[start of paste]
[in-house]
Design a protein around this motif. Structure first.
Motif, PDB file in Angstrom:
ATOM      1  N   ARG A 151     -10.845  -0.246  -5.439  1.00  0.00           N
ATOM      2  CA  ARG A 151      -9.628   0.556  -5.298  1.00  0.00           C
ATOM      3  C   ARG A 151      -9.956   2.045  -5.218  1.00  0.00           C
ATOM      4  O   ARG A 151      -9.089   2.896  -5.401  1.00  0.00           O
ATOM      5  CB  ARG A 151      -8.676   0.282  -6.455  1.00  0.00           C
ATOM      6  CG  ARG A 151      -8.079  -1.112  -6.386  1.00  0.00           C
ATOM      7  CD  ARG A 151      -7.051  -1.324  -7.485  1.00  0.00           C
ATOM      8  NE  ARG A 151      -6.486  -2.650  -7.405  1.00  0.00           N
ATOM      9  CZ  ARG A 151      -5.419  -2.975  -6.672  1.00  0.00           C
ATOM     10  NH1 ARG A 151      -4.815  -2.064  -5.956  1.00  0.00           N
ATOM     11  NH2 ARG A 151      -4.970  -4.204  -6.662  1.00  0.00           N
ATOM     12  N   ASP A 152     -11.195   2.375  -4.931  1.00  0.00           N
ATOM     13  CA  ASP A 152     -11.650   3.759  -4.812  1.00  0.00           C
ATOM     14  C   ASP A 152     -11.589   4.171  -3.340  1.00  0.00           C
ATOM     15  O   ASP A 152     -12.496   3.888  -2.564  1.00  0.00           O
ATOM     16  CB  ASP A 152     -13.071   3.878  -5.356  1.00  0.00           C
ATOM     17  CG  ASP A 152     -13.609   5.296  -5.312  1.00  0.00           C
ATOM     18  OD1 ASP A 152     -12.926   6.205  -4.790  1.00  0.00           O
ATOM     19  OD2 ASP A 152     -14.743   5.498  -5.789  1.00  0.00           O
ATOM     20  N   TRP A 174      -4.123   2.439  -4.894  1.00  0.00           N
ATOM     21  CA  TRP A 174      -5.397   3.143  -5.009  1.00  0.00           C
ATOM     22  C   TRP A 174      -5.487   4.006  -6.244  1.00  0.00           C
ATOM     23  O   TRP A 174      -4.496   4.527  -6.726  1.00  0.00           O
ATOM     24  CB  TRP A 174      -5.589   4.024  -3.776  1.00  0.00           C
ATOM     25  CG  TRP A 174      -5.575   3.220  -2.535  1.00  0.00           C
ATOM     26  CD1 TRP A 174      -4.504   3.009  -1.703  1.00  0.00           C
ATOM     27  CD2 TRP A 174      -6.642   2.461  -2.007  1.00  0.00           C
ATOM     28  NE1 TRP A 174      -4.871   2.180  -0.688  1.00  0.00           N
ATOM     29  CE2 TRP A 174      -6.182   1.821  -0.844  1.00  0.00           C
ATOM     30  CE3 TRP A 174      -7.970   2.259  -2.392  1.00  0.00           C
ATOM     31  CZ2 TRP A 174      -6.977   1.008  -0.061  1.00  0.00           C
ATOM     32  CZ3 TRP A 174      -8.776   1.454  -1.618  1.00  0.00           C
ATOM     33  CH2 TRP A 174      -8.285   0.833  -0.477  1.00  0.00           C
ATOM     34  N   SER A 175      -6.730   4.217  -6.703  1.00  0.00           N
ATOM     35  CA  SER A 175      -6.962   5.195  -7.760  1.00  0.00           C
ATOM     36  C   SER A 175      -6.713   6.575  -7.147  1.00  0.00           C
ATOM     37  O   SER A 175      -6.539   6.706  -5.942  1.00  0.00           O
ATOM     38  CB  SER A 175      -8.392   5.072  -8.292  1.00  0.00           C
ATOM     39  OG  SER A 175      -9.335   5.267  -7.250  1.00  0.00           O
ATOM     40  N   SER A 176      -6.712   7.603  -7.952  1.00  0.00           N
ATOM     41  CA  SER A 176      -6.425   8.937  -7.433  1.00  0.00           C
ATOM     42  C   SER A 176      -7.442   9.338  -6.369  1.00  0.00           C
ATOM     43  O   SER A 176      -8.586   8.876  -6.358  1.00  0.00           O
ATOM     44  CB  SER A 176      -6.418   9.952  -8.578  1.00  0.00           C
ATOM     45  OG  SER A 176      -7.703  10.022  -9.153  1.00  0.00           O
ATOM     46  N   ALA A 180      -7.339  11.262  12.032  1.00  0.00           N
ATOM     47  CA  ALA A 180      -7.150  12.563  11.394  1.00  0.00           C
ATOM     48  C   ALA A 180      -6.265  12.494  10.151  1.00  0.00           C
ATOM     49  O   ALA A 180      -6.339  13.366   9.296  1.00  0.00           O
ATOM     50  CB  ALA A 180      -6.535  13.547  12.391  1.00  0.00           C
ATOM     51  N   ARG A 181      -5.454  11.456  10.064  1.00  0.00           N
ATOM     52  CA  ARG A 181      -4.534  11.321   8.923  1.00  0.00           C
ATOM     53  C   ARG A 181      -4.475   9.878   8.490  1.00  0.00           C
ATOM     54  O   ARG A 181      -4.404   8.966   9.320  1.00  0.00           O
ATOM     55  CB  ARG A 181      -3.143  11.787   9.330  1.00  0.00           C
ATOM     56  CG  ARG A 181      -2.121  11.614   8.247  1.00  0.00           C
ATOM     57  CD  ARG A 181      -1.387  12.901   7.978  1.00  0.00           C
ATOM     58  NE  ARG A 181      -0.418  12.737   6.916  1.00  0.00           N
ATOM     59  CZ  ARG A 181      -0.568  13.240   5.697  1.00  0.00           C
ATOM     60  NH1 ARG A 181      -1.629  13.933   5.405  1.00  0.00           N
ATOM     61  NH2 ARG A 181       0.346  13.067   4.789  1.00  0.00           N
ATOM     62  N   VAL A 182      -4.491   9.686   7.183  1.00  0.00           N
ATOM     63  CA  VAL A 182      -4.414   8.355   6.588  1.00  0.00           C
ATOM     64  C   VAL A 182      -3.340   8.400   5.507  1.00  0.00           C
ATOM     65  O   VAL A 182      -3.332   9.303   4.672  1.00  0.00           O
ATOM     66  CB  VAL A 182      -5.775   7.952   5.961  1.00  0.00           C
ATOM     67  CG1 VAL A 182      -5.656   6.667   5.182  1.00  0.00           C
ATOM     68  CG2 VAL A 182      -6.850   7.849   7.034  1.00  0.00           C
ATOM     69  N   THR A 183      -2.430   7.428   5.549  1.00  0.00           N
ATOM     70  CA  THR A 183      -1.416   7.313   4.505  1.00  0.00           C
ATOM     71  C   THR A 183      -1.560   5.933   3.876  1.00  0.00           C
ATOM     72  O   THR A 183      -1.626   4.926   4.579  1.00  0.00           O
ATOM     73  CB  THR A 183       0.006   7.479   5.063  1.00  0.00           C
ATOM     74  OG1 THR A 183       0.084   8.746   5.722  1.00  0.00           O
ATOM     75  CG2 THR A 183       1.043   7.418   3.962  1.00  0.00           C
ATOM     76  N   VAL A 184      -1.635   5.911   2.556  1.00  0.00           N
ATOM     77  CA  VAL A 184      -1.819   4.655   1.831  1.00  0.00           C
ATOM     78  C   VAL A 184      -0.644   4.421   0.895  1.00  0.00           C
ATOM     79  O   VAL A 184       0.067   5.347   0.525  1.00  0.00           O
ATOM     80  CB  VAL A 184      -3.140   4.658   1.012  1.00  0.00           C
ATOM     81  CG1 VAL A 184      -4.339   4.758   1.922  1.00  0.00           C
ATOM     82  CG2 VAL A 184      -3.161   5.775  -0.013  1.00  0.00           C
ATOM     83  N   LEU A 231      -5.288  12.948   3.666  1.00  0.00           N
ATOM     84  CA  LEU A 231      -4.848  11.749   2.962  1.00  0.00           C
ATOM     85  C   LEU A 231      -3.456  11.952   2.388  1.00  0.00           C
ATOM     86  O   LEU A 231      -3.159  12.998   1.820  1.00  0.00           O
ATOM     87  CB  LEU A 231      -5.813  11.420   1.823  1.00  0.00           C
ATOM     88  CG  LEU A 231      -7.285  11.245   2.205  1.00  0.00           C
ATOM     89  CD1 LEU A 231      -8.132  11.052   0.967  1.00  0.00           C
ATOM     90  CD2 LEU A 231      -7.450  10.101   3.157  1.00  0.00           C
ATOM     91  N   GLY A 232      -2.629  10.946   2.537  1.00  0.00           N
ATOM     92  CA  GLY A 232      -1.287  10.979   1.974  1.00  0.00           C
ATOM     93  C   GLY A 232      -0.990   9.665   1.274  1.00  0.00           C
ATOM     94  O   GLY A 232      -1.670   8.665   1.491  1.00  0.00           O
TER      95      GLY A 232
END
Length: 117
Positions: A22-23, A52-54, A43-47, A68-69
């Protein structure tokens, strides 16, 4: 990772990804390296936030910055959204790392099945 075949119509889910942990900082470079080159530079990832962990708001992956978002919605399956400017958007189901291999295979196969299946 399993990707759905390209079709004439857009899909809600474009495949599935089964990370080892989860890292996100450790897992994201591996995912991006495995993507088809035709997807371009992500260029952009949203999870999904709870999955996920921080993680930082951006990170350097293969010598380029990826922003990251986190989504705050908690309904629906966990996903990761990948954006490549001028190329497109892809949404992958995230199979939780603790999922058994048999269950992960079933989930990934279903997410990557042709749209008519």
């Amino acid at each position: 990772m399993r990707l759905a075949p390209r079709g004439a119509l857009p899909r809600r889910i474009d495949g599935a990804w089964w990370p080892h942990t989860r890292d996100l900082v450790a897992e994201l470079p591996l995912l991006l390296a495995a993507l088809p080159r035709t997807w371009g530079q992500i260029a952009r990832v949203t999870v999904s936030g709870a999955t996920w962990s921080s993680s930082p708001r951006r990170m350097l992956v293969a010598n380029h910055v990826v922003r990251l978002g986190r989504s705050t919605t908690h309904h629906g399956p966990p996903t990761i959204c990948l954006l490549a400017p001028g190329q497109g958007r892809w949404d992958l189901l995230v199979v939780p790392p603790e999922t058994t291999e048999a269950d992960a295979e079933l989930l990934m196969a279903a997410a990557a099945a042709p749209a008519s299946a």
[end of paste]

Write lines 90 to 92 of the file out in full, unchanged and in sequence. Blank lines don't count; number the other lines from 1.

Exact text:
ATOM     87  CB  LEU A 231      -5.813  11.420   1.823  1.00  0.00           C
ATOM     88  CG  LEU A 231      -7.285  11.245   2.205  1.00  0.00           C
ATOM     89  CD1 LEU A 231      -8.132  11.052   0.967  1.00  0.00           C